Many times a case gets dismissed for failure to provide adequate notice to the other party that a complaint has been filed. This is because the the other party has a right to be given notice of any actions taken against them or that they are named in a proceeding. So, when you file a Massachusetts Complaint for Contempt, you are given a summons by the Clerk’s Office. That summons tells the defendant that a complaint has been filed against them and that they are required to appear at a hearing. As the plaintiff in the matter, it is your responsibility to serve that summons to the other party, along with a copy of your complaint. So, how do you do this?
You will need the other party’s address, of course. At that point, you can simply contact the local sheriff’s department, which are organized by county, and arrange with their “civil service” department for service of the complaint. There may be a fee for this. Be sure to do this as quickly as you can and alert the sheriff’s department of the pending court date. Many courts issue dates within a month or so of the summons date. You want to give the other party plenty of notice to appear.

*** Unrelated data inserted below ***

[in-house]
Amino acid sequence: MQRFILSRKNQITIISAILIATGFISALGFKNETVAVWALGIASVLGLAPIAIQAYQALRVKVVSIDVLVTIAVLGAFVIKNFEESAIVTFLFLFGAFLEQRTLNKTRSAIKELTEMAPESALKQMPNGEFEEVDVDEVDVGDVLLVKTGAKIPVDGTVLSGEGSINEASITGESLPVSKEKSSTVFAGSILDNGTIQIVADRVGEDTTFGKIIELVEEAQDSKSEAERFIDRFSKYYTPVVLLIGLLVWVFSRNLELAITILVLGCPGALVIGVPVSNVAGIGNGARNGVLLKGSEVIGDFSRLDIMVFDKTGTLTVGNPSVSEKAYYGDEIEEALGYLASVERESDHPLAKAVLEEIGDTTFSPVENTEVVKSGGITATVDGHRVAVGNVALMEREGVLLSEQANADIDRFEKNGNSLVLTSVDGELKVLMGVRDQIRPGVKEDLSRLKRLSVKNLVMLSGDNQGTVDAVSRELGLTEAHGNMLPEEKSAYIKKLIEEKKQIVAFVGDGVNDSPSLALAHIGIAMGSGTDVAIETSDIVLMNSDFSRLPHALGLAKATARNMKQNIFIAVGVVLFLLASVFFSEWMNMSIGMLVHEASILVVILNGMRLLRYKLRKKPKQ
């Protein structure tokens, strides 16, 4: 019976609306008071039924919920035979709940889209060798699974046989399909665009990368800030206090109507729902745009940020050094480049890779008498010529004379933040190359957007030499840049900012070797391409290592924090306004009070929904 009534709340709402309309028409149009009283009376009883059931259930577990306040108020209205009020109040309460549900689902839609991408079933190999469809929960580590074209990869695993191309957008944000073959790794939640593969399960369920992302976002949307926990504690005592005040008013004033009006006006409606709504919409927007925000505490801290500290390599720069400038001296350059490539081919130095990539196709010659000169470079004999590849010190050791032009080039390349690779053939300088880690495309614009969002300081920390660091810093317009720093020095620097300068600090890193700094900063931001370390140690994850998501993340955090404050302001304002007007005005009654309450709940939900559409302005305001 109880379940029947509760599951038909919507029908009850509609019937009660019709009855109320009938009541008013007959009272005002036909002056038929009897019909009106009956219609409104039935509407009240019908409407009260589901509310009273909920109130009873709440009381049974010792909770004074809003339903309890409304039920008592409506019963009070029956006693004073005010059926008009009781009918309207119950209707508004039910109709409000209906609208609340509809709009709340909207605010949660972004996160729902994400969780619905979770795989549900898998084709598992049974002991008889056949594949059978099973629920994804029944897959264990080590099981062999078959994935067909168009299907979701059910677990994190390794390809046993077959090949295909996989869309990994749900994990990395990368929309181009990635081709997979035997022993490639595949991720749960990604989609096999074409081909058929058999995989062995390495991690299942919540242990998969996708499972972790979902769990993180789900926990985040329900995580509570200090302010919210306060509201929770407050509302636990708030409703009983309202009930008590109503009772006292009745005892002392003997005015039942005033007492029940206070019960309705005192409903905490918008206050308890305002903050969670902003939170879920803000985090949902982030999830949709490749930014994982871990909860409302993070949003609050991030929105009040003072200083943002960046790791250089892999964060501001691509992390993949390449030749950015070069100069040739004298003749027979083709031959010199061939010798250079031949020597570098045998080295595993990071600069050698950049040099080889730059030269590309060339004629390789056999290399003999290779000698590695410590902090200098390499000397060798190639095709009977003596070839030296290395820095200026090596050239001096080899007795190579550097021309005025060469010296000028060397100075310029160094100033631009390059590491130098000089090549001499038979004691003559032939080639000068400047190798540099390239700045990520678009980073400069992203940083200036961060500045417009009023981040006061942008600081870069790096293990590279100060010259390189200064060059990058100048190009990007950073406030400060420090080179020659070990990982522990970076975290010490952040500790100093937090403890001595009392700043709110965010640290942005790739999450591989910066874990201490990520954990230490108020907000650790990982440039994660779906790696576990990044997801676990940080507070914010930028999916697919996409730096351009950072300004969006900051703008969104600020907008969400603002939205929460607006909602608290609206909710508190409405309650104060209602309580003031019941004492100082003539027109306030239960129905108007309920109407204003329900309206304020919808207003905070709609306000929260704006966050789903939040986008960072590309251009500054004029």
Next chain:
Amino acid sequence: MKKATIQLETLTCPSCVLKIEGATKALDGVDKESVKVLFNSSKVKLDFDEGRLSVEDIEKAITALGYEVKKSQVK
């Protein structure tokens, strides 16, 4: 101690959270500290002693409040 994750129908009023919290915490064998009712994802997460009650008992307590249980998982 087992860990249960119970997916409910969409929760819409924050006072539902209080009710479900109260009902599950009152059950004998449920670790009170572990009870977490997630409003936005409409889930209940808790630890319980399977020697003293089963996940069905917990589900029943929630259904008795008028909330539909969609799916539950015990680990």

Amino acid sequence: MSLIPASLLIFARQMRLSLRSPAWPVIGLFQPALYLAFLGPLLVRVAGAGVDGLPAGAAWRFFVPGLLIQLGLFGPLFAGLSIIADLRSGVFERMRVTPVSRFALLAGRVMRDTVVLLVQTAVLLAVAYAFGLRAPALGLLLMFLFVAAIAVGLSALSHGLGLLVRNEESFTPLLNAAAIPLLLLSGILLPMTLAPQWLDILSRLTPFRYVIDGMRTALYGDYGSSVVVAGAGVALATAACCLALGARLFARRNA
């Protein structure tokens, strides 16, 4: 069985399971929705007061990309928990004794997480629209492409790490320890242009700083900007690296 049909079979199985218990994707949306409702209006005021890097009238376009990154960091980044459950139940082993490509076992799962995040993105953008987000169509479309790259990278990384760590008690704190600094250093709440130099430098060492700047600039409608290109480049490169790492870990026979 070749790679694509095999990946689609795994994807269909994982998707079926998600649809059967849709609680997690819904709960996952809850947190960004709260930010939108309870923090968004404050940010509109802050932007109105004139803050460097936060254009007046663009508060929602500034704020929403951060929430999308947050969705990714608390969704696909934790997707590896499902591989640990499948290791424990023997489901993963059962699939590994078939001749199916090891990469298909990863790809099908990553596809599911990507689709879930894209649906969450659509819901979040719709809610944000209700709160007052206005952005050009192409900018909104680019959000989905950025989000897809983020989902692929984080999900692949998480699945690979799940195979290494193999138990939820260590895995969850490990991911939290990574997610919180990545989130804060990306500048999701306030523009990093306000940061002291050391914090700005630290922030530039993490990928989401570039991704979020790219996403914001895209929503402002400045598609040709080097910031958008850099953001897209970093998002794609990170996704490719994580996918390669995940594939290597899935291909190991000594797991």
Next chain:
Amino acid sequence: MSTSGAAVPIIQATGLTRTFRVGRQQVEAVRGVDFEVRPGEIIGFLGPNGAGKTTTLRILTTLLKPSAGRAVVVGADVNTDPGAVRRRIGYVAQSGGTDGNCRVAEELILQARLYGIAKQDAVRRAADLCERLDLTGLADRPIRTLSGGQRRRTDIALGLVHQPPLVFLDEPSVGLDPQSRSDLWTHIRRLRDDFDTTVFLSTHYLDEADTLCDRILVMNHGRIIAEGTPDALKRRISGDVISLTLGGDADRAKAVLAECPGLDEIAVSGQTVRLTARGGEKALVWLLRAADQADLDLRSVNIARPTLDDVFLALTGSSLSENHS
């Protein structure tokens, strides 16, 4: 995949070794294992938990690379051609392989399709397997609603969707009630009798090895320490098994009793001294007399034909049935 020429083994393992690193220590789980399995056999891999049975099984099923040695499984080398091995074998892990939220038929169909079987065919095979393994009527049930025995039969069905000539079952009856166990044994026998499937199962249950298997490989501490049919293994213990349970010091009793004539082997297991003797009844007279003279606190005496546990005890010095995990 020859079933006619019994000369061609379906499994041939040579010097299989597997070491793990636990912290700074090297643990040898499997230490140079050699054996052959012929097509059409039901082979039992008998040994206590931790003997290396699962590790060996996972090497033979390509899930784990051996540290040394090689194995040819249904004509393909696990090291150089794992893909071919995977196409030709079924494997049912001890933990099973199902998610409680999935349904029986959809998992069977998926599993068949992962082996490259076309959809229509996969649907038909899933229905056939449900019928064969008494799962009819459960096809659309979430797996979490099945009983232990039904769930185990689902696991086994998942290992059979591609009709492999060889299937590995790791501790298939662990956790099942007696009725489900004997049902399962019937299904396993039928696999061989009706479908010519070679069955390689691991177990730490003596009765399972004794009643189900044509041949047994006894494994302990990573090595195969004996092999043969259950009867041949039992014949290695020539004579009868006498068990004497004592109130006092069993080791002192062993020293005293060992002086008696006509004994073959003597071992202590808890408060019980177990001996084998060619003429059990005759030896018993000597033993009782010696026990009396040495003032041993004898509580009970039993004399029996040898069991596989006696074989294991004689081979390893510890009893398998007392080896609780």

It’s as simple as that! Complaints for contempt or modification can often get more complex. Contact our office and we can provide you with the guidance to resolve your case.